Open Studios: Jeremy Nicholls

The last in our series of interviews with Open Studios Artists is with Jeremy Nicholls, a decorative woodworker based in the pretty village of Wimbish near Saffron Walden.

For how long have you been making your decorative wooden pieces?

I have made things all my adult life, originally mainly because I couldn’t afford to buy them. It was a lot cheaper – and more fun – to make things instead.  But I suppose I’ve been concentrating on it properly for about 10 or 12 years now, developing my skills over time.

What process do you use when painting on the wood, and how did this first develop?

I paint with ordinary artists oils onto metal leaf.  It’s a traditional decorative painting technique that I picked up during the time when everybody was mad about stencilling and rag-rolling and that kind of thing.  I found it one of Jocasta Innes’ books, where she describes a technique for creating pretend tortoiseshell. I’ve also seen it used to imitate mother-of-pearl.  I loved all that, marbling and so on. Also, although I’ve always been able to draw a bit I used to feel intimidated by painting, both from a technical point of view and because art is supposed to be deep and meaningful in some way.  She made messing about with colour into fun.  When it works, that is!

What is it about this process that excites you?

Well a whole bunch of things really.  I like designing, usually in my head, often on dog walks.  I like envisioning how things might look and working out how to bring them into being; I like the whole business of constructing something that wasn’t there before.  Then the decorative painting, by contrast, is much more spontaneous as an activity.  It has to be done quickly, and there’s an element of chance involved; serendipity.

Your jewellery boxes, mirrors and tables are very fine, but have a robustness about them too. How did you learn your woodworking techniques?

Most of what I know about furniture construction I learnt in junk shops, just by looking to see how things are made.  And from books of course.  I am entirely self-taught and there are many traditional woodworking skills I simply don’t have.  But what I can do, I try to do better and better over time.

The work you produce has a very arts and crafts feel. Which artists have influenced your work?

I never set out to imitate anything but inevitably what I do is influenced by all the things I have liked over the years.  I grew up in the ‘50s, when new furniture seemed to be very plain, wipe-clean and hygienic and the old Victorian stuff was just heavy and dark.  I remember when I first discovered art nouveau: I thought it was wonderful!  So extravagant and over-the-top.  Then I’d always loved illustrations in books – Arthur Rackham’s illustrations for Peter Pan in Kensington Gardens for example. Later came the fashion for all things art deco, and yes, arts and crafts, Mackintosh and so on.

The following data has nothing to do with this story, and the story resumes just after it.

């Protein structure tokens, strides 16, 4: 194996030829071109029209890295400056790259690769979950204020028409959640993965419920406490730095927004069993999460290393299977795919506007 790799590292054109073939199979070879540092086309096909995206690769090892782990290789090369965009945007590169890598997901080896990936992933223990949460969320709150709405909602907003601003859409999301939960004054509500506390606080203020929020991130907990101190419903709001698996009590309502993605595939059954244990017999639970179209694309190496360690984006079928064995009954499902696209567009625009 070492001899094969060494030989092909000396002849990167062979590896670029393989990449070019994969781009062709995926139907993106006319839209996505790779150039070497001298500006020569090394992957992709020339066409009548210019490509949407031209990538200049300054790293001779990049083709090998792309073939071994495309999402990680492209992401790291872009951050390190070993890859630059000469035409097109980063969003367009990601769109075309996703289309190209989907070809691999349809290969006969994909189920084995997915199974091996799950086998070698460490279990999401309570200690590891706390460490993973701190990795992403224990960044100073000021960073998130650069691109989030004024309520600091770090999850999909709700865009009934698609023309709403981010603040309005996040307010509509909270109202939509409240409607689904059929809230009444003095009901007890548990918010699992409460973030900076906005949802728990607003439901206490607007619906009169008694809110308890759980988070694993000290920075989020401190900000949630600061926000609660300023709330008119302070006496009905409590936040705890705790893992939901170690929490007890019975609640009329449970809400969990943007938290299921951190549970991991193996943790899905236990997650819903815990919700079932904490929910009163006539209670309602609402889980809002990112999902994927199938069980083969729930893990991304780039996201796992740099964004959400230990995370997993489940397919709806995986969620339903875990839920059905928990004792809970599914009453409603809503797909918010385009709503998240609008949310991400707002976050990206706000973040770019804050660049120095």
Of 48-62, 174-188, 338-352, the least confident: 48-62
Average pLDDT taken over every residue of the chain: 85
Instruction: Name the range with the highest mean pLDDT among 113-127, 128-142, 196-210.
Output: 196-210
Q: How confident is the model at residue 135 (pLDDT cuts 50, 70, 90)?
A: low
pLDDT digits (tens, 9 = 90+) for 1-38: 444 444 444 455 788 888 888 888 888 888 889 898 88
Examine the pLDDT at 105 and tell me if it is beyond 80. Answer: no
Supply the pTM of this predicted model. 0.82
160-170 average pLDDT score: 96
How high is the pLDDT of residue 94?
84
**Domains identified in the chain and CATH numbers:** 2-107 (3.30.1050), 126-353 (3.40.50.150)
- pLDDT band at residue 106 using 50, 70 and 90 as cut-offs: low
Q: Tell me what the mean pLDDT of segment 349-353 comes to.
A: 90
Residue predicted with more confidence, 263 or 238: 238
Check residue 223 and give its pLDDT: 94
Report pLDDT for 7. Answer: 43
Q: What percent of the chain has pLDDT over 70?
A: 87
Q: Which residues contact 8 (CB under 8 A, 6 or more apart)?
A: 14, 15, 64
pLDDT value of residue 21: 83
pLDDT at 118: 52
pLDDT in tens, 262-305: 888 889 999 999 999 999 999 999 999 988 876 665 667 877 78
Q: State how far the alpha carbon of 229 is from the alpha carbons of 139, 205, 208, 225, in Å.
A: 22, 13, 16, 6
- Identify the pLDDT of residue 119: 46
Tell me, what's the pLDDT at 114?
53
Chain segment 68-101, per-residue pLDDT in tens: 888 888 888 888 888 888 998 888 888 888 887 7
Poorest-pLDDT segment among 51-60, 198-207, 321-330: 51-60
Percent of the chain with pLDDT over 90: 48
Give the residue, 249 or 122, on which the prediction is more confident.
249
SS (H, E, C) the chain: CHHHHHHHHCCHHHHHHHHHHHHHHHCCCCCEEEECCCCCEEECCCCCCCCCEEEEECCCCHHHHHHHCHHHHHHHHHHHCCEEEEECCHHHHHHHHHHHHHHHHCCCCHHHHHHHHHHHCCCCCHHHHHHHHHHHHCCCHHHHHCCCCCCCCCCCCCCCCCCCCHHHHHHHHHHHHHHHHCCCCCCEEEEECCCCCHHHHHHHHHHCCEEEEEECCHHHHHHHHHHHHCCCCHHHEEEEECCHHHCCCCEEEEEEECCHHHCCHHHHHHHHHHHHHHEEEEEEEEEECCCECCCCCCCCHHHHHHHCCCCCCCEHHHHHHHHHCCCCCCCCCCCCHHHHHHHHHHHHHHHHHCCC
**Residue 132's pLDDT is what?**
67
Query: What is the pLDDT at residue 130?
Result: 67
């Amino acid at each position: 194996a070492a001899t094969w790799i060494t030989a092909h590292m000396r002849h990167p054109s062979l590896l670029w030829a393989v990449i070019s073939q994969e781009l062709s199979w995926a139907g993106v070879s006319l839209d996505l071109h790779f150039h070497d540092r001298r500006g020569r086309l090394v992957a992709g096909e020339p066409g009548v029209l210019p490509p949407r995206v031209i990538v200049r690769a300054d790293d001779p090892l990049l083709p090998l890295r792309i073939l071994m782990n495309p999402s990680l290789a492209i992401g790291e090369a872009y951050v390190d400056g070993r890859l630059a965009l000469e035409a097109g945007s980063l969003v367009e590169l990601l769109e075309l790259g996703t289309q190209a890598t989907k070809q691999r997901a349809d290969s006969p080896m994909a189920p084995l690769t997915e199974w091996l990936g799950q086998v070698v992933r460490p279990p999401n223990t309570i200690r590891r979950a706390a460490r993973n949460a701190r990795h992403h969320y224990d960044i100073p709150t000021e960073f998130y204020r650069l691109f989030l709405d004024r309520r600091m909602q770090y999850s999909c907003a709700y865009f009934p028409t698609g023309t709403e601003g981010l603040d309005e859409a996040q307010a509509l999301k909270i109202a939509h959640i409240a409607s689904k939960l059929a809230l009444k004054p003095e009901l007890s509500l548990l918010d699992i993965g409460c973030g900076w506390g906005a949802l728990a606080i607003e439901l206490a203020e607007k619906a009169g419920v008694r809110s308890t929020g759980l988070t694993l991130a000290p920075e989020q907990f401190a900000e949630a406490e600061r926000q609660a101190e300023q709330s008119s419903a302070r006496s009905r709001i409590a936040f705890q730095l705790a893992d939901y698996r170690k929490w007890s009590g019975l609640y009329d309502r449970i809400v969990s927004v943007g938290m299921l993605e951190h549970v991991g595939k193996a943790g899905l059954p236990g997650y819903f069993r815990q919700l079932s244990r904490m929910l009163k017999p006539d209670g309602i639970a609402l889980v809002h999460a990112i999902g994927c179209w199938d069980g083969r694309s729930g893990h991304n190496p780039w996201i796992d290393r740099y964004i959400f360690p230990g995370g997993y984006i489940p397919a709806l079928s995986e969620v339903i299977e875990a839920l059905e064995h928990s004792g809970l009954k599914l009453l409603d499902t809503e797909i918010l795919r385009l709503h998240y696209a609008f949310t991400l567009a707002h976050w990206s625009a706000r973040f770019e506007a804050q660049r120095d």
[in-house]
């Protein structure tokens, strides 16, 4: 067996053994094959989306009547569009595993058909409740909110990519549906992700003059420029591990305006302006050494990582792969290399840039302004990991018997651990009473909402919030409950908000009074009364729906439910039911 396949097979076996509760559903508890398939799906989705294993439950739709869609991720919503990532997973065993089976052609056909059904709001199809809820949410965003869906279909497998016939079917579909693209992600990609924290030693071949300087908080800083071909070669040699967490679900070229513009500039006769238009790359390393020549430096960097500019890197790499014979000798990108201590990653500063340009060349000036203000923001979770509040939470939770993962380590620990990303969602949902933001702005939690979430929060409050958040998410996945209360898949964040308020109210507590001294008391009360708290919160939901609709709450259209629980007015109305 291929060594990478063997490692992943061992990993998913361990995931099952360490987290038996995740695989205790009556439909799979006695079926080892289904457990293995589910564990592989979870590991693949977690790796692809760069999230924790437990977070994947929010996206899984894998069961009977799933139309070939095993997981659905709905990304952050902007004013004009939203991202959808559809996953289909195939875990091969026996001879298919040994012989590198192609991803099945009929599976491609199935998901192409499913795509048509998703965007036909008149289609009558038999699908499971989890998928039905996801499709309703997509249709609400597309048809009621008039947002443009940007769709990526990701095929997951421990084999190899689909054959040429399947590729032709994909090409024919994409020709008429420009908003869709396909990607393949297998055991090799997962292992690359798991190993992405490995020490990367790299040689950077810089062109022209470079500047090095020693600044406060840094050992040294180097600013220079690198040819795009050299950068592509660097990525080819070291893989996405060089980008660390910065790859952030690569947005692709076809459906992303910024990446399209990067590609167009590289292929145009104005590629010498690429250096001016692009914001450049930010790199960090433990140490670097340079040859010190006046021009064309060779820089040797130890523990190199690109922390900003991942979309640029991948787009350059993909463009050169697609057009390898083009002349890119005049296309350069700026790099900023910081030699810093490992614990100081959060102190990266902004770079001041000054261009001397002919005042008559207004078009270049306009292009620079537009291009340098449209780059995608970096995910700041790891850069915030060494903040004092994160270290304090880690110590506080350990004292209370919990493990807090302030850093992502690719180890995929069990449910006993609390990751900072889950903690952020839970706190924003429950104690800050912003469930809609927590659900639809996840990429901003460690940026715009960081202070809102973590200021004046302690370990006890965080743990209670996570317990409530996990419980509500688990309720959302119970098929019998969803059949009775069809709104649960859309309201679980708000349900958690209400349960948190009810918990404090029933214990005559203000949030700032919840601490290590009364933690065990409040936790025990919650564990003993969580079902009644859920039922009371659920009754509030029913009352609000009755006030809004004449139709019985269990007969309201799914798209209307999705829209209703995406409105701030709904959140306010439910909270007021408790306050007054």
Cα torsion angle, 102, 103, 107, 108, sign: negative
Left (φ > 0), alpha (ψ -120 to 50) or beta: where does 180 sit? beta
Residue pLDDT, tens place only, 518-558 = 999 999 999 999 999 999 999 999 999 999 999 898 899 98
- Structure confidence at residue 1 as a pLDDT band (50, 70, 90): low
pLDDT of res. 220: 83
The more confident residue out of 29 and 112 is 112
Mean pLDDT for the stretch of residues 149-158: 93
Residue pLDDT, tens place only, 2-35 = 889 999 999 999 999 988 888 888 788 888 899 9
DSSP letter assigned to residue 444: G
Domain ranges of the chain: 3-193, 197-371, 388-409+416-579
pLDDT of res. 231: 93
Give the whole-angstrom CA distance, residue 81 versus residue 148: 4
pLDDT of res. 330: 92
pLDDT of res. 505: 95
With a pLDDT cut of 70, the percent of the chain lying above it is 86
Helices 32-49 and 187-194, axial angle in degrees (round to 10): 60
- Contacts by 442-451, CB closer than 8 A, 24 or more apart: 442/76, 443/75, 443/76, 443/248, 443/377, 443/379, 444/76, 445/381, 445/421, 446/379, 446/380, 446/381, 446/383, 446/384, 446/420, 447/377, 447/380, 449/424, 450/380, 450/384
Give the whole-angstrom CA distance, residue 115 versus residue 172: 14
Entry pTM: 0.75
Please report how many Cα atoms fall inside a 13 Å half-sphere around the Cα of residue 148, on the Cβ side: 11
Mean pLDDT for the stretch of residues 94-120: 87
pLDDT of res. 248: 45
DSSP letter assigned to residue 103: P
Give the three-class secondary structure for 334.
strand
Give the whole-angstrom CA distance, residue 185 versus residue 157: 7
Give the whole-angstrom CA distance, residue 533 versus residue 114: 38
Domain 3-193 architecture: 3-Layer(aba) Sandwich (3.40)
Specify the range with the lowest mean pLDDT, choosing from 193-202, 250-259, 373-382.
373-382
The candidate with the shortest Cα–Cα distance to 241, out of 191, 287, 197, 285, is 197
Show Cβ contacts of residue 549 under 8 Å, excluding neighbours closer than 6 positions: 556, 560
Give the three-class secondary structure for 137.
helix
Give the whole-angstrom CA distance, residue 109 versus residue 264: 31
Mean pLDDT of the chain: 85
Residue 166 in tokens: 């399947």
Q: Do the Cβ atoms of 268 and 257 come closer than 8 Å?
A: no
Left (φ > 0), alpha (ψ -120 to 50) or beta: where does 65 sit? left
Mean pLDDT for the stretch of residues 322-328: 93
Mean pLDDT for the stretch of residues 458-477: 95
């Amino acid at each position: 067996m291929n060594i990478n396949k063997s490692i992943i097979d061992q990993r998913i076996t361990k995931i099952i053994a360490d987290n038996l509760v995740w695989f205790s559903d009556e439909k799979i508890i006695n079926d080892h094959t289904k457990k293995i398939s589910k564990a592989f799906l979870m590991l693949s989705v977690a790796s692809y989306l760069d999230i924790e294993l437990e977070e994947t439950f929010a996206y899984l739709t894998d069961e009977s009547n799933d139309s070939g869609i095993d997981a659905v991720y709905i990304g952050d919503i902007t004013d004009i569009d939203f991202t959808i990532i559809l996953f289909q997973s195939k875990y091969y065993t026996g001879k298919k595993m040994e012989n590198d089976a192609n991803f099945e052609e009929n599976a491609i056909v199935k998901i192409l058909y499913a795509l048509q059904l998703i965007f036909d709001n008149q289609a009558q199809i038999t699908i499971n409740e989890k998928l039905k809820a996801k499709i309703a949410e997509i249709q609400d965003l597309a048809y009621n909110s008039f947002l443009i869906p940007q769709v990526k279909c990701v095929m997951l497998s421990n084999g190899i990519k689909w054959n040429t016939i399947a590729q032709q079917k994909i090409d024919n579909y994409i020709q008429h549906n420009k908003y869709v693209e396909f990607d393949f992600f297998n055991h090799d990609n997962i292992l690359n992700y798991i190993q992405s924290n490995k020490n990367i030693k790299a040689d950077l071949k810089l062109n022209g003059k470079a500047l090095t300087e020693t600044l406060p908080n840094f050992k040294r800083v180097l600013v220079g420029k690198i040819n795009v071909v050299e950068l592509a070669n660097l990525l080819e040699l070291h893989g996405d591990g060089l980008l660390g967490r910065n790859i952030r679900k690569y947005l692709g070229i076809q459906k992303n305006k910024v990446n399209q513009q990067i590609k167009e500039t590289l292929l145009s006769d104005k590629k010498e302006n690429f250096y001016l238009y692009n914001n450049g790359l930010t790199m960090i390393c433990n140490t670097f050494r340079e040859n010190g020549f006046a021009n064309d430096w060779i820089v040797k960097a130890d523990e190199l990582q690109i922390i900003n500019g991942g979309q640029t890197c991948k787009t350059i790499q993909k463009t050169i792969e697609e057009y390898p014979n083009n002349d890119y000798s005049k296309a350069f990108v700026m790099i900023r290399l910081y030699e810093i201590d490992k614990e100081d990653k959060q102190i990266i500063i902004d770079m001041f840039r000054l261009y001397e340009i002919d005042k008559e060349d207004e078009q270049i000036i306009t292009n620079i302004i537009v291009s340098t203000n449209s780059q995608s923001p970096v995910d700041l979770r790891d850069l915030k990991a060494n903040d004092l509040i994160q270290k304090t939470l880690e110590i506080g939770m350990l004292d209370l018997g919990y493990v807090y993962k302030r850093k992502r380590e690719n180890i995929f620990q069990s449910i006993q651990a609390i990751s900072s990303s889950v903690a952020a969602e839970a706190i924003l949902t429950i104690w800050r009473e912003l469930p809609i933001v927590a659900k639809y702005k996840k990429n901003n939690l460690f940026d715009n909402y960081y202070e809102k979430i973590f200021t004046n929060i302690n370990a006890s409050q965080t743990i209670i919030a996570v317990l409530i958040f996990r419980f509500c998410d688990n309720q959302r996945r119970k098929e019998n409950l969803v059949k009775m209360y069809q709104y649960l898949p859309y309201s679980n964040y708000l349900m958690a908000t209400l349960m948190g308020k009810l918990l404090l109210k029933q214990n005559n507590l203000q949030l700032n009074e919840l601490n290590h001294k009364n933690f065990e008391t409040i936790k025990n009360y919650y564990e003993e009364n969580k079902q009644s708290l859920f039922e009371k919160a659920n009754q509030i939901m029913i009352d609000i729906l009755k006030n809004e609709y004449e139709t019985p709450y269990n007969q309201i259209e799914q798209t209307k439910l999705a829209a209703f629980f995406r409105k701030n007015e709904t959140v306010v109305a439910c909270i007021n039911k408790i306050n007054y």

Describe your working space.

A total mess! I’m afraid I’m not one of those people with perfect workshops with everything in its place and lined up in rows neatly. I’m one of those whose useable workspace gets smaller and smaller as all the clutter builds up then when it really gets impossible I’ll have a big clear up.  

The metal leaf combined with the oil painting makes the images glow, and apertures of strong image sing out in some of your pieces. How did this imagery develop?

There’s always something attractive about things glimpsed through a partial barrier, whether it’s a view through trees or in a gap between buildings or from a window or partly open door, so that’s one thing.  Then my father was a picture restorer and he used to show me sometimes the effect of taking the old discoloured varnish off part of a picture and suddenly revealing the bright original paint underneath – a transformation, a kind of magic again.

Tell us about some of the commissions you have completed.